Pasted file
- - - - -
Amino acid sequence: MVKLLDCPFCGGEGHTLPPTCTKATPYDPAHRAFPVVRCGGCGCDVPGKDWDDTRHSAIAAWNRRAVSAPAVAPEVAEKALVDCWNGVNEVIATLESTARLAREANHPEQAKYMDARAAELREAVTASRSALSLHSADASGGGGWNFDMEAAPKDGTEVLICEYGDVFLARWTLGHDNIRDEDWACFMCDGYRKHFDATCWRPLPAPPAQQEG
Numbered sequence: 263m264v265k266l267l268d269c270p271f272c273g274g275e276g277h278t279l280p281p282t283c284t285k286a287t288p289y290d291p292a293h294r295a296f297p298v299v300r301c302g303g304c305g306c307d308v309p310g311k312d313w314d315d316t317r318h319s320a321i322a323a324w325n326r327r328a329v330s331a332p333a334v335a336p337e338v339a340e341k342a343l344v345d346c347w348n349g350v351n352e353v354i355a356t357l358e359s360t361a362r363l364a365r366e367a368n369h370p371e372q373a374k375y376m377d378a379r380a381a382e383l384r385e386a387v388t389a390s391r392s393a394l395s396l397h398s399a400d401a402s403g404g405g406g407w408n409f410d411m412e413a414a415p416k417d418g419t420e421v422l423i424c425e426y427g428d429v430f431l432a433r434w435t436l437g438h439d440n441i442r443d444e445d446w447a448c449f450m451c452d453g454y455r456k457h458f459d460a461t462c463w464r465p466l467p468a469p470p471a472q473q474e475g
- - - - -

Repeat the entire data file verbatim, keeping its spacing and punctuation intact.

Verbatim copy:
Amino acid sequence: MVKLLDCPFCGGEGHTLPPTCTKATPYDPAHRAFPVVRCGGCGCDVPGKDWDDTRHSAIAAWNRRAVSAPAVAPEVAEKALVDCWNGVNEVIATLESTARLAREANHPEQAKYMDARAAELREAVTASRSALSLHSADASGGGGWNFDMEAAPKDGTEVLICEYGDVFLARWTLGHDNIRDEDWACFMCDGYRKHFDATCWRPLPAPPAQQEG
Numbered sequence: 263m264v265k266l267l268d269c270p271f272c273g274g275e276g277h278t279l280p281p282t283c284t285k286a287t288p289y290d291p292a293h294r295a296f297p298v299v300r301c302g303g304c305g306c307d308v309p310g311k312d313w314d315d316t317r318h319s320a321i322a323a324w325n326r327r328a329v330s331a332p333a334v335a336p337e338v339a340e341k342a343l344v345d346c347w348n349g350v351n352e353v354i355a356t357l358e359s360t361a362r363l364a365r366e367a368n369h370p371e372q373a374k375y376m377d378a379r380a381a382e383l384r385e386a387v388t389a390s391r392s393a394l395s396l397h398s399a400d401a402s403g404g405g406g407w408n409f410d411m412e413a414a415p416k417d418g419t420e421v422l423i424c425e426y427g428d429v430f431l432a433r434w435t436l437g438h439d440n441i442r443d444e445d446w447a448c449f450m451c452d453g454y455r456k457h458f459d460a461t462c463w464r465p466l467p468a469p470p471a472q473q474e475g